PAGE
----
the Cooperative Threat Reduction Umbrella Agreement by 
December 13.  END SUMMARY. 
 
MADRID COMMITMENTS 
 
2.  (C) During their initial business meeting following the 
Ambassador's presentation of credentials, the Ambassador 
reminded Foreign Minister Marat Tazhin of Washington's 
high-level attention to Kazakhstan fulfilling its 
OSCE-related Madrid commitments before the end of this 
calendar year.  He suggested successful fulfillment would 
enhance President Nursultan Nazarbayev's status as a 
statesman and would help reduce international criticism of 
Kazakhstan often seen in the mass media.  Tazhin said he 
agreed "100%, even 200%," and noted the required legislation 
is moving forward.  He said the government had already 
prepared a draft mass-media law and would present it to 
parliament "in the nearest time."  This law, which Tazhin had 
already signed off on, will ease registration requirements 
for media outlets, decrease the grounds under which the 
government can shut them down, and "eliminate other 
bureaucratic idiocies."  Tazhin assured the Ambassador draft 
election and political party laws would go to parliament in 
November or December.  All three laws will represent steps 
forward on liberalization, though will not go as far as he 
personally would like, Tazhin admitted.  He noted he himself 
is an adherent of "serious liberalization and broadening of 
civil society," which he believes is a strong guarantee of 
stability and national security.  He said, "A government that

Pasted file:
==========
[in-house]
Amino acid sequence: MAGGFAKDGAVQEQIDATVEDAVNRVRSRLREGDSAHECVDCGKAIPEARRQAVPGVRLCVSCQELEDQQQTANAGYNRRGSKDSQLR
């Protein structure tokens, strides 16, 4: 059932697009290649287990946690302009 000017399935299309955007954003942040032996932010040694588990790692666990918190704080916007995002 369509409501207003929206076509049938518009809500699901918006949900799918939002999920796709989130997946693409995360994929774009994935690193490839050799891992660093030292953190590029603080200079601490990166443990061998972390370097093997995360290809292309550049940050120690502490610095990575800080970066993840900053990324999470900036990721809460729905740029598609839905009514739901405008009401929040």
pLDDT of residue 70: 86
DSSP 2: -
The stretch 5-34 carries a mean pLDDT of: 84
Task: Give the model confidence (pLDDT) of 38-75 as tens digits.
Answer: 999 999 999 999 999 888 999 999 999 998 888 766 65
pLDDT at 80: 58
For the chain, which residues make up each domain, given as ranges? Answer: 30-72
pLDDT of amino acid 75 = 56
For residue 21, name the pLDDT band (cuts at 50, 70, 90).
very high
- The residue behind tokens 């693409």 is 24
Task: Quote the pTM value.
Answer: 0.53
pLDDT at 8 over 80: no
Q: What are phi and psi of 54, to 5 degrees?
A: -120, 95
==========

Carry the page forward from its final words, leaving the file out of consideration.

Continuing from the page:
is too tightly controlled will eventually collapse."  He 
added that the general view in the Kazakhstani leadership is 
that the pace of liberalization has to be calibrated to the 
realities (both objective facts and political mentality) of 
the country.  In response to a question about the role of 
OSCE'S ODIHR in reviewing the draft legislation, Tazhin 
replied there has been regular contact and consultation. 
 
3.  (C) COMMENT:  Tazhin is one of the leading voices in the 
 
ASTANA 00002147  002 OF 003 
 
 
government of Kazakhstan for democratic progress toward 
Western standards -- but he is not the only voice.  Among the 
competing voices are those of the old guard from the former 
Soviet system as well as those susceptible to the Kremlin's 
noise about the danger of "color revolutions."  We probably 
should not expect 100% fulfillment of our expectations about 
the Madrid commitments, but we do need to be able to say that 
Kazakhstan has made a good-faith effort and has moved 
forward.  END COMMENT. 
 
TAZHIN'S THREE TALKING POINTS 
 
4.  (C) The foreign minister raised three points:  his 
government's desire to be released from the Jackson-Vanik 
Amendment and Human Rights Certification, and its desire to 
welcome a visit by President Bush before he leaves office. 
 
5.  (C) JACKSON-VANIK AMENDMENT.  Tazhin reminded the 
Ambassador that during a meeting on the margins of UNGA, he 
had raised with Secretary of State Rice Kazakhstan's strong 
inte
rest in "graduating" from the provisions of the 
Jackson-Vanik Amendment.  The Kazakhstan Embassy in 
Washington has initiated discussions with Congress.  Tazhin